When he proposed, Tony Lucchese told Sarah LaFore that she was his kryptonite.
He gave her a green diamond ring. Then he got planning.
On their big day, Batman could rappel from the ceiling. Superman could say his vows to Wonder Woman. The whole wedding party — and guests — could dress up.
After an exploratory climb, the dive from the rafters was nixed — it's no grand entrance if the best man breaks a leg. Guests-to-be said they'd rather hear Tony marry Sarah than Superman marry Wonder Woman.
Then bridesmaids balked at fishnets and leotards.
They told LaFore: "We love you a lot, but we don't know if we love you enough to wear spandex."
Undaunted, Lucchese went back to work.
The script has been polished. The stage built. The costumes fitted.
Eighteen months in the making, today's the day for their superhero wedding.
"We're really hoping a lot of villains show up," LaFore said.
The couple met seven years ago in Tennessee on a production of "How to Succeed in Business Without Really Trying" at the Oak Ridge Playhouse. He was artistic director, she was in the show.
They moved to Portland in 2006. Both are full-time students at the University of Southern Maine. Lucchese, 31, is entering grad school to be a math teacher. LaFore, 34, is studying to be a marine biologist.
When the superhero idea first came up, they weren't even engaged. And neither is a huge comic-book fan. But Lucchese had a Superman T-shirt he wore a lot. He could work his hair into the perfect Supes' spit-curl.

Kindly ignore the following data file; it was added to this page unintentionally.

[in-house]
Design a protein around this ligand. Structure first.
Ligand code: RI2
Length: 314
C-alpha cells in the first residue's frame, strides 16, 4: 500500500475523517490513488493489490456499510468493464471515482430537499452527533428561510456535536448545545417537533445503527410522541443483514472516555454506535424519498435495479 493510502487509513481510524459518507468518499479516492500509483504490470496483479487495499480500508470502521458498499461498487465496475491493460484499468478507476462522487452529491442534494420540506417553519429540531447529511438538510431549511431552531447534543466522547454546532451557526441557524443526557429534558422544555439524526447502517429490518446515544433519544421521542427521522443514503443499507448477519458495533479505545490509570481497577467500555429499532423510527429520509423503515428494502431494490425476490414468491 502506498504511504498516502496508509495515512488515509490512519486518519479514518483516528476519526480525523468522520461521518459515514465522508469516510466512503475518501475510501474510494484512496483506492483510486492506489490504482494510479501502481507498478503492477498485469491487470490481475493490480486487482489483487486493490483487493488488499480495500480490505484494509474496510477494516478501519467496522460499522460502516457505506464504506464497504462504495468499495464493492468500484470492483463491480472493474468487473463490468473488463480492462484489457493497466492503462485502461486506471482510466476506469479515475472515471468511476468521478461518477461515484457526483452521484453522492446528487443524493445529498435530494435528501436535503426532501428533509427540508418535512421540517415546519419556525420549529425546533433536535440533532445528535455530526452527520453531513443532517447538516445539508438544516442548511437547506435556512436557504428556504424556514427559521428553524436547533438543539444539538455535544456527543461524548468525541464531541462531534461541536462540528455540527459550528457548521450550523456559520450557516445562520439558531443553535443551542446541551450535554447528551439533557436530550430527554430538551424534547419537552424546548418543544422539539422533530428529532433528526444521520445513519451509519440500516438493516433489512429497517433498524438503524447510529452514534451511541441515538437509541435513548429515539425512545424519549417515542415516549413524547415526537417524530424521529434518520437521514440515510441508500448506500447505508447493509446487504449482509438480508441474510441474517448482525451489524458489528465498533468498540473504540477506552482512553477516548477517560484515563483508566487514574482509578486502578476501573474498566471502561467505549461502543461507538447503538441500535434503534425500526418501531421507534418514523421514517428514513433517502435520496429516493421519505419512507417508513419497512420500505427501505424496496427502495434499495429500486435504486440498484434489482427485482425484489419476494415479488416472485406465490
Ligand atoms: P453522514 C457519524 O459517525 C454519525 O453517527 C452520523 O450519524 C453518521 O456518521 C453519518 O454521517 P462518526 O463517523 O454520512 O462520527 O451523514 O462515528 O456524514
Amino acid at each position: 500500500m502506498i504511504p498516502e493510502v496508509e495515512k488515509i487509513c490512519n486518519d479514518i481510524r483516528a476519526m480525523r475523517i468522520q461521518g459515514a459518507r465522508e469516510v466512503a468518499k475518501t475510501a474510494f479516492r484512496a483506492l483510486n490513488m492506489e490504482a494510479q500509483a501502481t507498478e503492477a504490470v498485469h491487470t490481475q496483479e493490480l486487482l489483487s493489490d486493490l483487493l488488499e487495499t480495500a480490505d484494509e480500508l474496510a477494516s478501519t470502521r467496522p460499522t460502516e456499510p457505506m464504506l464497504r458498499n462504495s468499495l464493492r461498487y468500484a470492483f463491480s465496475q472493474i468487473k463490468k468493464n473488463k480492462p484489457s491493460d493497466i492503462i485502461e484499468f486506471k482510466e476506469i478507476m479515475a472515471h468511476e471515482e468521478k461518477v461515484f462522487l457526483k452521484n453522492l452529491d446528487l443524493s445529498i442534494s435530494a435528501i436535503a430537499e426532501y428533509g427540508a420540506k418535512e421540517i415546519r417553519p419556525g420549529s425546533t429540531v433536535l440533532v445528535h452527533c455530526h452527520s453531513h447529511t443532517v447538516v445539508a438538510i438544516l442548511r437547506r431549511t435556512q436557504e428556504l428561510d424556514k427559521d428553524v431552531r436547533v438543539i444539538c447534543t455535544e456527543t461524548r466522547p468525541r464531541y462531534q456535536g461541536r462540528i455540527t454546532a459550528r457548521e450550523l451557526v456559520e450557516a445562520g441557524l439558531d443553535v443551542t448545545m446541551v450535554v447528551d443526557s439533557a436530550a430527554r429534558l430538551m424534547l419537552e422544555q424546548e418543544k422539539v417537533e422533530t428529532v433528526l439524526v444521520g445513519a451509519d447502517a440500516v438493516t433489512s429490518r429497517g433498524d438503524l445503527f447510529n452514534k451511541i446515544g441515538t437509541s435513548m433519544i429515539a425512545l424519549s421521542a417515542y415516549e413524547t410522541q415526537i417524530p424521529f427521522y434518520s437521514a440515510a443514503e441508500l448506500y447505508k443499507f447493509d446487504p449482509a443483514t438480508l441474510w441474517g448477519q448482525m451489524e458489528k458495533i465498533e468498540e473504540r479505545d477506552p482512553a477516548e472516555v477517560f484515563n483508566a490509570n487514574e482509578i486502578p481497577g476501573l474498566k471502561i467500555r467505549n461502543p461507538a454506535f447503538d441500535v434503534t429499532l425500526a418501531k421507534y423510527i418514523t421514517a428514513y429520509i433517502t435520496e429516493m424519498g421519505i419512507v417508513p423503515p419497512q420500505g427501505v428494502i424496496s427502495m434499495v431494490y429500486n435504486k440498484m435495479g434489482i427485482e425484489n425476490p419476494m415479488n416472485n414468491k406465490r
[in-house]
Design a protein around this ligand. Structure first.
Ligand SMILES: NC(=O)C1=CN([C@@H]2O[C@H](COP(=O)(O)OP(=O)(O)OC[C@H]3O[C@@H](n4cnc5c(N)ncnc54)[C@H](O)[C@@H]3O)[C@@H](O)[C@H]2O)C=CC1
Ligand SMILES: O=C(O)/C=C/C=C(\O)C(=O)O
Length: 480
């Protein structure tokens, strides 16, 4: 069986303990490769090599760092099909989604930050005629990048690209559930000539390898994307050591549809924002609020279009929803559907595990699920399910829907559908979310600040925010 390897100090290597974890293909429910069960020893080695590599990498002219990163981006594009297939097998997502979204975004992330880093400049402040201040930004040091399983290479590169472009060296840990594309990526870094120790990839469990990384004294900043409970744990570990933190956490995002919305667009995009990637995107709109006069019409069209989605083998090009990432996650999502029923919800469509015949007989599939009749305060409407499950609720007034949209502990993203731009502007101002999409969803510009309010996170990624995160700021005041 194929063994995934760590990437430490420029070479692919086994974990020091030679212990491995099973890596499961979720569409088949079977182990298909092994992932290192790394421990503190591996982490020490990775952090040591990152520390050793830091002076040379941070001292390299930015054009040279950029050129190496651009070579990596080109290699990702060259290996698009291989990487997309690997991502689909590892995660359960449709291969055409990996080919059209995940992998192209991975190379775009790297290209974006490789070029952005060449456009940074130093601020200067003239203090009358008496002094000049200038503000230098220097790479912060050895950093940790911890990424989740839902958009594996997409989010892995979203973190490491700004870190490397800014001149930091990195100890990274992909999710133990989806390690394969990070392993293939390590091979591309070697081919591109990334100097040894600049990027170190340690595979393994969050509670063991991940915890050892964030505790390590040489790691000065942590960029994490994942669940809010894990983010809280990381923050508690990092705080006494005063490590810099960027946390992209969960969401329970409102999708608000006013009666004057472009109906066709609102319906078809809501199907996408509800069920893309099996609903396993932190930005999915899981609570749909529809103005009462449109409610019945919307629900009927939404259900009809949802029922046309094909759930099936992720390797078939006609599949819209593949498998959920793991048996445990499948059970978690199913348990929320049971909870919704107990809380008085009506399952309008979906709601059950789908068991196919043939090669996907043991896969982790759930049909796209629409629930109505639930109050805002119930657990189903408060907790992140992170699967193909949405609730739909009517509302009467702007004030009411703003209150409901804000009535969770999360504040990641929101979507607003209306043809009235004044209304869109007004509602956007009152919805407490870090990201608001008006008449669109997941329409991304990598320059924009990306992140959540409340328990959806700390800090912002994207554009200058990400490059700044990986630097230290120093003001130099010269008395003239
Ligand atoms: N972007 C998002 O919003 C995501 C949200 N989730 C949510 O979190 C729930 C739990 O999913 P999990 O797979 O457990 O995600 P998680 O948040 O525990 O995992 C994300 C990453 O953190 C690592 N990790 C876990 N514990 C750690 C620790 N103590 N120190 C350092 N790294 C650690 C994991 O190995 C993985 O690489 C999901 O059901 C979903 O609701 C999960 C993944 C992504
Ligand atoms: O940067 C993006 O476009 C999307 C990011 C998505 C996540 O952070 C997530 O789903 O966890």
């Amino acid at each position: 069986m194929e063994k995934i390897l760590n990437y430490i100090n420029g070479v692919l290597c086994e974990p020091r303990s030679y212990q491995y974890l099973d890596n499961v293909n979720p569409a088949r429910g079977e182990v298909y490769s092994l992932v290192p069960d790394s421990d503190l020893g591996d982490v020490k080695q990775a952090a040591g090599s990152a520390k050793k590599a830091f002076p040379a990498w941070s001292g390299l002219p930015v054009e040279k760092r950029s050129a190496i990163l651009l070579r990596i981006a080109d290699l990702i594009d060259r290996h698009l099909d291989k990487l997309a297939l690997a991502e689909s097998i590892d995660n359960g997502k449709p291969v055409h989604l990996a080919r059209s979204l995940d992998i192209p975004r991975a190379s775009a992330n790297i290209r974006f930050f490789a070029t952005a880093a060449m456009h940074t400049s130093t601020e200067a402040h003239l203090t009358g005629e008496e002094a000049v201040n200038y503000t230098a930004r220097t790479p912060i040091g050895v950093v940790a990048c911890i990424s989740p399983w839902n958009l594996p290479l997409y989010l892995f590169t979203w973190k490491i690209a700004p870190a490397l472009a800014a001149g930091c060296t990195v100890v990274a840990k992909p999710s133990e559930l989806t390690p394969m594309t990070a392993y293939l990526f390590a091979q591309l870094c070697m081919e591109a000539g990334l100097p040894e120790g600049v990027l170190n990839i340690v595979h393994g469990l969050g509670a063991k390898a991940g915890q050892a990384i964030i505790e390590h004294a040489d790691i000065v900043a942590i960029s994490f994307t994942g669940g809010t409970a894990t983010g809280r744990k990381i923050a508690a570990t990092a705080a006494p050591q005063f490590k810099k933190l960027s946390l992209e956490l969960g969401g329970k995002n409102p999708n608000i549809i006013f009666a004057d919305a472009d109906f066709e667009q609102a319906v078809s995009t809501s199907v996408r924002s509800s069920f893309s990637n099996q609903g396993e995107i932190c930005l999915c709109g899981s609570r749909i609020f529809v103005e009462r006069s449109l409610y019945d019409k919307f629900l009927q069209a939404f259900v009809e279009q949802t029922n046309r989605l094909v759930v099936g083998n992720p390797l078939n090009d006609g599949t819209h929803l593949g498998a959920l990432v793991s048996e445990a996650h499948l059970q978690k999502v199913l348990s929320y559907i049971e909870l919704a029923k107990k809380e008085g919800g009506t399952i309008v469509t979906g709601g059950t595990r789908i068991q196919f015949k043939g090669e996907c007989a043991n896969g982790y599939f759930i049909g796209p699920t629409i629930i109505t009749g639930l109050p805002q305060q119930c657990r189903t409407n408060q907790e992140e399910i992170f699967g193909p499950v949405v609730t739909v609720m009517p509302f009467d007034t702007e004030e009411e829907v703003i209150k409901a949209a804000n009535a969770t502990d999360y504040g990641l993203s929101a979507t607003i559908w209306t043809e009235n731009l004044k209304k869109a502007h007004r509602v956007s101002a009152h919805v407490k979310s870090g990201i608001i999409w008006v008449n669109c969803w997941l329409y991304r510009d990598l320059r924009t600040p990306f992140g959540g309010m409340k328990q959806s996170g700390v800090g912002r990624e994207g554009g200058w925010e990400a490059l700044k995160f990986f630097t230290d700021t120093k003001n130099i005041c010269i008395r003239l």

And they both love a good production.
"It was a joke for a number of years," he said. "At some point we came to the painful realization it wasn't a joke anymore."
Lucchese decided early that great costumes would be key to pulling it off. He tracked down a New Jersey designer who's made costumes for theme parks and the Syfy Channel.
"Everyone involved is doing a few extra crunches and forgoing a few extra desserts during the week to pull off spandex," said best man Eric Kieschnick of Pennsylvania. "It's the opposite of a gut-hiding cummerbund."
Aquaman, Flash and Spider-Man round out the groomsmen. Ten bridesmaids will be Amazon warriors — in comic mythos, Wonder Woman is an Amazon princess — with spears, togas and sandals.
Two weeks ago, LaFore and Lucchese made an emergency trip to Jersey, down and back in one day, to tweak her costume.
"Paramount to having a successful wedding is having the bride feel pretty," he said.
He and volunteer carpenters built a Fortress of Solitude altar in a rented warehouse space in Portland. They'll be married by Kieschnick's father, dressed as Jor-El, Superman's dad. Part of the script borrows from Kryptonian wedding vows. The couple will break character to say, "I do."
"I watch him try to come up with ideas for certain things; I feel like I'm sitting on the sidelines like a groom," LaFore said. "I've loved every minute of it. I love that he's so excited about the planning."
They expect 85 guests and plan three cakes: One with Wonder Woman and Superman on top, one with Marvel figures and a third for DC characters. Instead of flowers, they'll decorate with superhero paraphernalia.
Lucchese said he turned to Casablanca Comics in Portland as a "sort of superhero library," with staff helping them find back issues like Action Comics' "Supergirl's Wedding Day." When he ordered posters from Canada to hang around the warehouse and they got stuck in U.S. Customs, the comic book store donated a bunch.
Lucchese spent the days leading up to Saturday on final touches, arranging enormous set pieces cut and painted to look like crystals, adjusting lights and cuing up sound.
For example, "When I put a little kryptonite shard (in a tube) to bring the fortress to life, I have some ringing crystal sounds," Lucchese said.
Kieschnick, who works in film and television, applauded his friends' "theatrical commitment."
"I certainly was wary of rappelling at first. Once I warmed to the idea, I mourned its loss," he said.
But wait just a minute, Batman.
"He's actually going to be sliding down a pole now, he doesn't really know it yet," Lucchese said. "Spidey is swinging in on a rope."